P: 62

hi,
i have a double linked list containing some elements and i have a vector which stores the address of the elements in the list (pointer to the list). i want to delete a value from the list,like the nth value enetered in the list, in constant time. how do i do that?
i got the address of the element to be deleted from the vector but how do i relate that address with the element in the list and then delete it and rearrange the pointers for the previous and next elements in the list?
can i get a sample code for tht?
thank you very much in advance...
 
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P: 1,806

If I understand your question correctly: you have a doubly linked list, and you have a Vector storing a reference to each element in the list in order....
The Vector is presumably added so that you can make this removal in constant time.....
There are several ways to approach this, but I think the easiest is (where Vector is v, and I assume you have methods to set next pointer and previous pointer of a node and a remove function in your Vector. (This is not necesasarily accurate c code but should give you an idea of the process) 
(*v[n+1]).prevElement(*v[n1]); /* Set element after n to point befor en */

(*v[n1]).nextElement(*v[n+1]); /* Set element pefore n to point after n */

v.remove(n);

This of course assumes that the vector n can do access operations in constant time (an array implementation certainly could, but most vector implementations I've seen would do this in linear time).
 
P: 62

If I understand your question correctly: you have a doubly linked list, and you have a Vector storing a reference to each element in the list in order....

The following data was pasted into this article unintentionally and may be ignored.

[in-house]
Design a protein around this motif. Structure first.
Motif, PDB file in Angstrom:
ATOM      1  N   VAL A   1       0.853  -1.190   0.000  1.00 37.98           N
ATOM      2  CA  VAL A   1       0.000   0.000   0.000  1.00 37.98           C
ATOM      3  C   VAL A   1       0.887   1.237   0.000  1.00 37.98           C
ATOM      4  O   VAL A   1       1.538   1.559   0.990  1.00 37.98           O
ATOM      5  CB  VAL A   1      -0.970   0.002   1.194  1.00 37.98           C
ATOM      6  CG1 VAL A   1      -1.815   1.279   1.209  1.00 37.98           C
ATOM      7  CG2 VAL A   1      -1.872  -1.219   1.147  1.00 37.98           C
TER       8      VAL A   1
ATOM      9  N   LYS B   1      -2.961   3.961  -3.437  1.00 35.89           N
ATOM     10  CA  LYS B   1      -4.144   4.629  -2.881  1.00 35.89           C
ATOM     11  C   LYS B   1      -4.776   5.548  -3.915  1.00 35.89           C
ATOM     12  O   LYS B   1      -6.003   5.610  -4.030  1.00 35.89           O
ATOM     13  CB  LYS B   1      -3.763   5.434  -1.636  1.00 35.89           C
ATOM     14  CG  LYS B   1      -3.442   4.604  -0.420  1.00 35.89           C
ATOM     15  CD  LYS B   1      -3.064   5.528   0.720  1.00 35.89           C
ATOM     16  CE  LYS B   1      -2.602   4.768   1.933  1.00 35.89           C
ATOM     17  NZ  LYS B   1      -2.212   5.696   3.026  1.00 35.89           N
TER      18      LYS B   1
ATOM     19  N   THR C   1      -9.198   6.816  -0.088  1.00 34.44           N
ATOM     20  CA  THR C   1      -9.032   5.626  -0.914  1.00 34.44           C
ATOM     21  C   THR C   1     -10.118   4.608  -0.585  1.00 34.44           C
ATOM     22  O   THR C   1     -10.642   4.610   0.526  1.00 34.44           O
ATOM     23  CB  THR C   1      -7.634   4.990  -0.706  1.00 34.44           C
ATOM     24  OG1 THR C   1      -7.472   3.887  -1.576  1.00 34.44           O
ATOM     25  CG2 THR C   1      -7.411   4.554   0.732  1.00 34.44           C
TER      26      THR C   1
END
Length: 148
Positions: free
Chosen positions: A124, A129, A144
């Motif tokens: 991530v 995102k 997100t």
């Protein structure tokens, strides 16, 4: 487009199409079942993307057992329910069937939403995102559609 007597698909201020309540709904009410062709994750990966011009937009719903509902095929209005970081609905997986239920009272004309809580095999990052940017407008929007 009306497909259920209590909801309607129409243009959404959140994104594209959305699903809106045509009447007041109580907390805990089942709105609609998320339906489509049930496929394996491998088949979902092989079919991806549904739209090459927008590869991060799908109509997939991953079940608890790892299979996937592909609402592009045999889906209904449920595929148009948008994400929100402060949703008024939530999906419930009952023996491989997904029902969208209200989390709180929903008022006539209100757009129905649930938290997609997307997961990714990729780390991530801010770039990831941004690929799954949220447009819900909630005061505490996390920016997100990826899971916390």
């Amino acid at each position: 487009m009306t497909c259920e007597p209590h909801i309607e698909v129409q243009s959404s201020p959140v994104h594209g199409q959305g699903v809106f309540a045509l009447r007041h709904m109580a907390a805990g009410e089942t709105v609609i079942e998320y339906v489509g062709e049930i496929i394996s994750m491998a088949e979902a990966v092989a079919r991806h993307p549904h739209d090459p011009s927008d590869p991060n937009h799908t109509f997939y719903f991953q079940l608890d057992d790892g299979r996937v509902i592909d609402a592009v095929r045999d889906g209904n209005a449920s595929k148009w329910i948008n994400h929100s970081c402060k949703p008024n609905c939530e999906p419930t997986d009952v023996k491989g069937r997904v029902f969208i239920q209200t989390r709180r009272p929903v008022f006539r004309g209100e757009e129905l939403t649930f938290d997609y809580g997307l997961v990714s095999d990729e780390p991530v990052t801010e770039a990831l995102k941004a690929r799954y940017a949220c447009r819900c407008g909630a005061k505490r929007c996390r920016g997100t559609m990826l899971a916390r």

The Vector is presumably added so that you can make this removal in constant time.....
There are several ways to approach this, but I think the easiest is (where Vector is v, and I assume you have methods to set next pointer and previous pointer of a node and a remove function in your Vector. (This is not necesasarily accurate c code but should give you an idea of the process) 
(*v[n+1]).prevElement(*v[n1]); /* Set element after n to point befor en */

(*v[n1]).nextElement(*v[n+1]); /* Set element pefore n to point after n */

v.remove(n);

This of course assumes that the vector n can do access operations in constant time (an array implementation certainly could, but most vector implementations I've seen would do this in linear time).
you got my point but i didnt really understand what you meant to say. how can we access a function with vectors? and what does the remove function consist of? can you give me an example of the remove function.
one more point  if the user enters like delete the first element entered in the list, that means the first value entered in the vector which will be at index 0. now if we use (*v[n+1]).prevElement(*v[n1]);
(*v[n1]).nextElement(*v[n+1]);
then n1 will be 1 which is not acceptable..
please give some sample code
  100+
P: 1,806

OK....
Not sure what you meabn by accessing a function with Vectros, but the idea of Object Oriented Programming is that given an object you can do things to it because it is that object (so if you know that v is a pointer to an object whose definition includes a toString method, you know that (*v).toString() will call that mehtod)
The remove function (presumably) is defined by the Vector class..... the specific implementation of this class will actually determine whether the operation is constant or linear (if you have to implement the Vector class, I would suggest an Array in this instance)
Good point....
You should probably check where your pointers are in the linked list (although since you have the Vector, this should be reasonably trivial (0 and (Size 1) should eb the tricky ones > and you can make a special case for that))